The international Catholic charity Aid to the Church in Need (ACN) is taking stock of its campaign “Let’s be One,” launched at the World Youth Day in Cracow from 26 to 31 July 2016.
The aim of the campaign was to raise awareness of the situation of those young Christians who couldn't come to Cracow. The campaign was very successful. 3,000 postcards were sent in 23 languages from those at the WYD to other young people in 100 different countries, especially those suffering persecution or war.
During the WYD, ACN staff informed interested people about the situation of the suffering Church worldwide at their "Vocation Centre." Young people visiting the ACN booth were invited to show their solidarity and unity in prayer by writing a personalized postcard addressed to their chosen country, which ACN has arranged to forward via its project partners. The greatest number of these were addressed to Syria and Iraq.
Melisa from Panama (the country due to host the next WYD, in 2019) has written to the people of Syria saying: "At this moment my heart is full of love, which I want to give you, to tell you that God loves you infinitely. And I love you too. Wherever you are, my heart, my strength and my prayers are with you. The Spirit of our Lord Jesus Christ is the light and the power which unites you and me. I hope you will find the peace which only He can give. I will be with you always. Melisa".
Veronika's message from Poland is addressed to Iraq, from where only a small group of 200 young people were able to attend the WYD. It reads: "I am young, but I believe I can do a lot for peace in the world. I am sad that I can't meet with you in Kracow. Everyone here wants to know you, and I am sure that everyone is praying for you and your country. I am thinking about you. Jesus is with you. Be STRONG!"
Many messages were destined for countries suffering from poverty, political instability or war. Among them South Sudan, where since 2013 a fresh civil war has engulfed hundreds of thousands of lives and left about a million people internally displaced. ACN had already been informed early on in the WYD that none of the 18 young people expected from Sudan and South Sudan had been granted visas, and therefore could not take part.
Melanie, from Germany, wrote to the people of South Sudan: "I am glad to be here at the World Youth Day, but I am really sorry that it isn't possible for you to be here. I will pray for you and your friends who didn't get the chance to come here. Also I will pray for the peace in the world and in your country".
Maria, from Spain, wrote to the young people of Sudan, in the north, where most of the Christians are discriminated against: "I want you to know that I think you are very brave to have so much faith, and that you even risk your lives for it. I know that we can learn a lot from you and this is why I pray for you, so that one day you can experience the WYD and so that you realize that you are not alone. With lots of love, Maria."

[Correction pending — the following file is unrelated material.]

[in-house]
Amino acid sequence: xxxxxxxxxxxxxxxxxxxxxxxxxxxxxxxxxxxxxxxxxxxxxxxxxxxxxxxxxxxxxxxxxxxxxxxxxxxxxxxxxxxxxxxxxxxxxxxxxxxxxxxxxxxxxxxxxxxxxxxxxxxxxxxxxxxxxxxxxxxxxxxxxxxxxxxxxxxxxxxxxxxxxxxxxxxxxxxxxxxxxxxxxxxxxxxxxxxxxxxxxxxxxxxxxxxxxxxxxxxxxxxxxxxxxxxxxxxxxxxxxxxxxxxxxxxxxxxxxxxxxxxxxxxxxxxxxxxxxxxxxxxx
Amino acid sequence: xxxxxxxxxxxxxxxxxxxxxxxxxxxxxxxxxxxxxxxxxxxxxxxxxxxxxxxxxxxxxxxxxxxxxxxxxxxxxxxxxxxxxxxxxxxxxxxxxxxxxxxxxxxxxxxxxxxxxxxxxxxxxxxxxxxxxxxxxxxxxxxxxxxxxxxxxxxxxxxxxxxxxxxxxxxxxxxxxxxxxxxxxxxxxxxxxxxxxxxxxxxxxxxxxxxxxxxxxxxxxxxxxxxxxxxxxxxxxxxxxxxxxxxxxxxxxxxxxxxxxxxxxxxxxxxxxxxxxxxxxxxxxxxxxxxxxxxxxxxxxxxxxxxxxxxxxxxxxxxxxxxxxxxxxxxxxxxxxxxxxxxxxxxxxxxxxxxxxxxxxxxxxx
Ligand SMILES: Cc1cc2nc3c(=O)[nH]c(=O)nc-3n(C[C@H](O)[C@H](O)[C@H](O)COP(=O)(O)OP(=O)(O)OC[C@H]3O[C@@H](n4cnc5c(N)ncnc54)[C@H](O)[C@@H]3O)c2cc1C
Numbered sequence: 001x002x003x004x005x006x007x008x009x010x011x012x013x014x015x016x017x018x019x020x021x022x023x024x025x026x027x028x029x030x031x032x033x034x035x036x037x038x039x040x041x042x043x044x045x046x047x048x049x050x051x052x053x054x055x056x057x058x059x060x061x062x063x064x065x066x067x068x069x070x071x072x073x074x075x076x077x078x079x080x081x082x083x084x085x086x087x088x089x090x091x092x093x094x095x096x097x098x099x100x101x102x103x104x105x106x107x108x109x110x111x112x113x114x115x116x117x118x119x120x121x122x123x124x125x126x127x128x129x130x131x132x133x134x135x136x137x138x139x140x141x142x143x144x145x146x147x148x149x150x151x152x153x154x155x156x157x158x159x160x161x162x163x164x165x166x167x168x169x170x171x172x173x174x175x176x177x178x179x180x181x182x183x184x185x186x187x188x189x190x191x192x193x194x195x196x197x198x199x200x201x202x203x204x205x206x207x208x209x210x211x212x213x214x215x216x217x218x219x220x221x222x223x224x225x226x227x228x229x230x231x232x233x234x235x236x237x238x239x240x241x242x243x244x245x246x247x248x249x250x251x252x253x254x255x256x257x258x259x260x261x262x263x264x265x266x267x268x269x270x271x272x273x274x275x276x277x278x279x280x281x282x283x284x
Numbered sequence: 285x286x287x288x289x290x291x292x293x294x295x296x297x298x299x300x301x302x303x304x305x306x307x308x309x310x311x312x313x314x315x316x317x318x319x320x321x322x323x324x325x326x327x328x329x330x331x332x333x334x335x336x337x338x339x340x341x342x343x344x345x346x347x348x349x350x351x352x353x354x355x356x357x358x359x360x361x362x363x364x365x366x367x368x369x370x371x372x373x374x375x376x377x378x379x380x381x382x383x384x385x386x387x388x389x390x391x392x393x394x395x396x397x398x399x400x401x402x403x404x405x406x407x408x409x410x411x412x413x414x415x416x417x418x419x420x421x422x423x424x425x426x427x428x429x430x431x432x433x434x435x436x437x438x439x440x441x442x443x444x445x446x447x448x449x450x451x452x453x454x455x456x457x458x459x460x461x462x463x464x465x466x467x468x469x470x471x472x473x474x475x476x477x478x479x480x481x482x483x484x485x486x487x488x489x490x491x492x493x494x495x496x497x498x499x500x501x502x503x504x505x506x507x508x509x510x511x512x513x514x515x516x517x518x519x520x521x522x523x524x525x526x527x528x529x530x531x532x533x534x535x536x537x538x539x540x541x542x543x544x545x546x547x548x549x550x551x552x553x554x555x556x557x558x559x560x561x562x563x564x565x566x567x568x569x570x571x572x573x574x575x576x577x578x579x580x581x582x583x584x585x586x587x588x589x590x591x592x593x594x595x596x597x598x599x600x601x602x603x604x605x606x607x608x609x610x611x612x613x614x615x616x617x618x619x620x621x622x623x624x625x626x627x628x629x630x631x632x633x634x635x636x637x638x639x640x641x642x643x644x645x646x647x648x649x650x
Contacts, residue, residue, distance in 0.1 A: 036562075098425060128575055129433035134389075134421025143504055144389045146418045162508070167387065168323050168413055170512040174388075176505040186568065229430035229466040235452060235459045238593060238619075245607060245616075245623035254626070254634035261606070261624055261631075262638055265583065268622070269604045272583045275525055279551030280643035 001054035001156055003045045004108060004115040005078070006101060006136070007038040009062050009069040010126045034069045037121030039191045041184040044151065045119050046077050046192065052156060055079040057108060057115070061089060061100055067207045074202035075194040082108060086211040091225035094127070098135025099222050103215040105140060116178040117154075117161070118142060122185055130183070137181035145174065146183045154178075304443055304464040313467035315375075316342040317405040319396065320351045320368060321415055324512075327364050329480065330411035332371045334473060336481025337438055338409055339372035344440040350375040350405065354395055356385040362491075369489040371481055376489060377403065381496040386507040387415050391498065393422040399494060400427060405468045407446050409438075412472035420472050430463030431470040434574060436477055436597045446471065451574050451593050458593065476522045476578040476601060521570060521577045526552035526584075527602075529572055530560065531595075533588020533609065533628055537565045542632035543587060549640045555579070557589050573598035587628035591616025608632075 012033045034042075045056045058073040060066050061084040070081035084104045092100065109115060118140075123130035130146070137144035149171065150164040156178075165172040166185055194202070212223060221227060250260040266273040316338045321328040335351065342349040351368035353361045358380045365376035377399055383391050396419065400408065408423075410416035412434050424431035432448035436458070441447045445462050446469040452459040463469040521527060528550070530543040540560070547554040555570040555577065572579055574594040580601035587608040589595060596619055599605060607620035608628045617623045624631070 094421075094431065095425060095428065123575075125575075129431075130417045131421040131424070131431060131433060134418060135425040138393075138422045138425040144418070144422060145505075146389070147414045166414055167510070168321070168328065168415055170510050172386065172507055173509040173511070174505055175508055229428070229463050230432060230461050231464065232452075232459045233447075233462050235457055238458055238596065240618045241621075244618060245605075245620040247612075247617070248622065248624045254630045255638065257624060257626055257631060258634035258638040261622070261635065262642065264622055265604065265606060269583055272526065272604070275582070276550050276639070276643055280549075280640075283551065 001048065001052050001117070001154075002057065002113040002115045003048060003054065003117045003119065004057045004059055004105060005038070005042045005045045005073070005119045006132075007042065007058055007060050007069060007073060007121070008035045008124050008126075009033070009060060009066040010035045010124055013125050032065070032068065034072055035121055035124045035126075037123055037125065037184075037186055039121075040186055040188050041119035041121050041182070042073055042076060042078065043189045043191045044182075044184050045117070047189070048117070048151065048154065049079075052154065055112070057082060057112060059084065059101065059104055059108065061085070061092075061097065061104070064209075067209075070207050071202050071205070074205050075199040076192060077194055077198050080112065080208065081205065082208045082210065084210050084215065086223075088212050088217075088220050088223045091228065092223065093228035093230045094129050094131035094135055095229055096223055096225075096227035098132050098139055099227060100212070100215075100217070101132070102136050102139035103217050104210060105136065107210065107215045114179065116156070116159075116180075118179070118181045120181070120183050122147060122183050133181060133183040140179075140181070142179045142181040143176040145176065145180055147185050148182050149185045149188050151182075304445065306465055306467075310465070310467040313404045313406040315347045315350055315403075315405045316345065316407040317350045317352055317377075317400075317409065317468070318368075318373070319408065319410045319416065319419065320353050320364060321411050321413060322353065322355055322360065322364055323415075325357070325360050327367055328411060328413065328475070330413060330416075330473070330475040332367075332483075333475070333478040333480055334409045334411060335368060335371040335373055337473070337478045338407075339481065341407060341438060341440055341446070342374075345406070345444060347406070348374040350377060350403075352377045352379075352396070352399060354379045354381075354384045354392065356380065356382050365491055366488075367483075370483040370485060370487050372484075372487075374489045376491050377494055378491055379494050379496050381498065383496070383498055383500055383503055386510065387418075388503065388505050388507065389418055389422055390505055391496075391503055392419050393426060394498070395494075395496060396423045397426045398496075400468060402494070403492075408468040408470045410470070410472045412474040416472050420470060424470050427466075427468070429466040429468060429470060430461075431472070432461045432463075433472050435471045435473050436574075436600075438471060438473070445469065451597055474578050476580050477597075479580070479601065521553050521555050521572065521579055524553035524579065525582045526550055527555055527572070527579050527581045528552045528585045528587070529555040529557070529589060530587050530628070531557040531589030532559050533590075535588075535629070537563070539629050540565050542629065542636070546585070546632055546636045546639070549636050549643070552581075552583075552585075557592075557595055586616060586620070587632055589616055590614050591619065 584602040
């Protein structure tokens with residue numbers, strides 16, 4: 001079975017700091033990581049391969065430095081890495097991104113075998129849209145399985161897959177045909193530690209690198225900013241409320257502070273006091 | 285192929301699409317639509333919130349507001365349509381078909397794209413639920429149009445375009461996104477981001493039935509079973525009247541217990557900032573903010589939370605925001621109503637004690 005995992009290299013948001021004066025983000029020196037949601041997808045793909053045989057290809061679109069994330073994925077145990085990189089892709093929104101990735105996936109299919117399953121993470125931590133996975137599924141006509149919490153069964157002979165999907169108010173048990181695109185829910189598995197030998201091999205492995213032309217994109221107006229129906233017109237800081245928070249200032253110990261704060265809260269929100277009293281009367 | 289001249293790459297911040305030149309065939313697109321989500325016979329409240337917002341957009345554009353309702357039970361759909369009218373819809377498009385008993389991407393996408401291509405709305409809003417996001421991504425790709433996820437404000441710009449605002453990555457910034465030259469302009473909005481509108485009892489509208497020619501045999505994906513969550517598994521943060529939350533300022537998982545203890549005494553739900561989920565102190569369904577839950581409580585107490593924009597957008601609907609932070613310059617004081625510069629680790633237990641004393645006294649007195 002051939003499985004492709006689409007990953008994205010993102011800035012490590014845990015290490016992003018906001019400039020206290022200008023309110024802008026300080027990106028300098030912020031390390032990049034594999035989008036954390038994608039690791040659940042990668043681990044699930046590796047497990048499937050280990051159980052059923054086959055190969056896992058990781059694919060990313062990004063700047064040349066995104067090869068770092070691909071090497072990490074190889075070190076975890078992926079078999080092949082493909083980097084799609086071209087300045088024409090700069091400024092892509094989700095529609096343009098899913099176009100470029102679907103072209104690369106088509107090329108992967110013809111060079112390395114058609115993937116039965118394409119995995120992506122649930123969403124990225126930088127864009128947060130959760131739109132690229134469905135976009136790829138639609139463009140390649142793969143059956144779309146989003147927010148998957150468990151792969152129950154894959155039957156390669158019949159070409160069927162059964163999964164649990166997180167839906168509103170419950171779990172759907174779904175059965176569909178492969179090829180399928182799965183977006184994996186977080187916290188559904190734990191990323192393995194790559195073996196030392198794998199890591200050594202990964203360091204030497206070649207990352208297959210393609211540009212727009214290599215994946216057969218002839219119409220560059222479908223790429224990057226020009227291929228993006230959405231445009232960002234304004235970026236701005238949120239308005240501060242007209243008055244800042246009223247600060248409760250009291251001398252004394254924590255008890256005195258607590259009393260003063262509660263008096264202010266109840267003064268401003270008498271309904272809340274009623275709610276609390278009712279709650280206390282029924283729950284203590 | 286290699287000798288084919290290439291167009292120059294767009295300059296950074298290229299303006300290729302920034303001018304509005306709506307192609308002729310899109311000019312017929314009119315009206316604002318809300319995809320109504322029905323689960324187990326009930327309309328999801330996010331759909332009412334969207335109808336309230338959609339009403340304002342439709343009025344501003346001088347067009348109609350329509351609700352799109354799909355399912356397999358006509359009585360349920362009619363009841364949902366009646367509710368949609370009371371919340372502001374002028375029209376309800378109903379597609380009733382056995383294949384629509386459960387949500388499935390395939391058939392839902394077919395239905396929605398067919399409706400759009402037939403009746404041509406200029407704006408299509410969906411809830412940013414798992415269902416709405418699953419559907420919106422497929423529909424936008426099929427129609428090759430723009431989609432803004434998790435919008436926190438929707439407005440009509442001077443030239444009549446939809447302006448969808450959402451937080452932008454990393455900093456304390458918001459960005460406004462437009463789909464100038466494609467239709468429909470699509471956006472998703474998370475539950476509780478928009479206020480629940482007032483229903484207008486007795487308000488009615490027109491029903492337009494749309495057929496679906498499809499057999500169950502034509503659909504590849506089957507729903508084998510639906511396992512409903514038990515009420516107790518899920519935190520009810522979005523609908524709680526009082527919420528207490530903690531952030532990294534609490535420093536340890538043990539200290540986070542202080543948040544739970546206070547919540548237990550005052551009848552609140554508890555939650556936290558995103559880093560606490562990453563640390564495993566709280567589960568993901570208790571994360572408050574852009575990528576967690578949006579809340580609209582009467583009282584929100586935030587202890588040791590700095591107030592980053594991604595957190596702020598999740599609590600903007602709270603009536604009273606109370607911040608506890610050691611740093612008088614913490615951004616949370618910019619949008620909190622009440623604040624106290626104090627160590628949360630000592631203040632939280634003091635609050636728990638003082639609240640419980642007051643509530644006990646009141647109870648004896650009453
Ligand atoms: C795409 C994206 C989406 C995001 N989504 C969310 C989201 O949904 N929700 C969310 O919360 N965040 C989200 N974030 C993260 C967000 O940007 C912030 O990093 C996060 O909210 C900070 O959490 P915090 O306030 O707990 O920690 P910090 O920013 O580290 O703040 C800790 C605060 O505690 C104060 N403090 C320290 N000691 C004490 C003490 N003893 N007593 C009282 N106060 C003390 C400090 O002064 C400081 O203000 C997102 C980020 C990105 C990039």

The postcards from the participants at the WYD included many extremely touching messages from young people who themselves come from countries where the Church is in need. Addressed to their brothers and sisters struggling in other countries they wrote things like: "Dear Friend, I am so happy that I have this opportunity to write to you. I want you to know that God's love and mercy is for all of us. I am praying for you in a special way. You are unique and God loves you!" wrote Salome, from India, to the people of Kenya.
This was the message sent to the people of Niger by Alejandra: "Dear Friends, I want to tell you that there is someone who loves you so much and prays and takes care of you always. His name is Jesus. May God bless you, and you also have a friend from Bolivia who is praying for you - me."
Some of the messages included very specific promises of prayers. For example, Father Andrew from the USA wrote to the people of Vanuatu, in the Pacific Ocean: "I am keeping you in my prayers and will remember you at my Mass tomorrow. God bless you." Some were also asking for prayers themselves, like the young seminarian from Poland who addressed his postcard to the young people of Israel: "I am brother Celestino, I am a Franciscan. I am training for the priesthood. I want to work in the Holy Land. Please pray for me and for my vocation. I pray for you and love you."
There were also postcards addressed to the young people featured on the the "selfie" videos for the ACN "Let's be One" campaign. These videos were shown online and also on the big screens before the meetings with Pope Francis.
Even though WYD 2016 is now over, ACN has announced that the "Let's be One" campaign will continue, as a powerful bridge of spiritual solidarity and love between the youth of the world and as a sign of hope and life. Dominika from Poland has understood the core message of the ACN campaign when she writes to Egypt: "I want to share with those of you who couldn't come to the WYD in Cracow the spirit that was present here with us over those days. May it accompany you and help you in your daily life. I am sending you a little piece of this atmosphere of the meeting with Pope Francis, who brought us hope for better days."
ACN will now forward these postcards, via their project partners worldwide.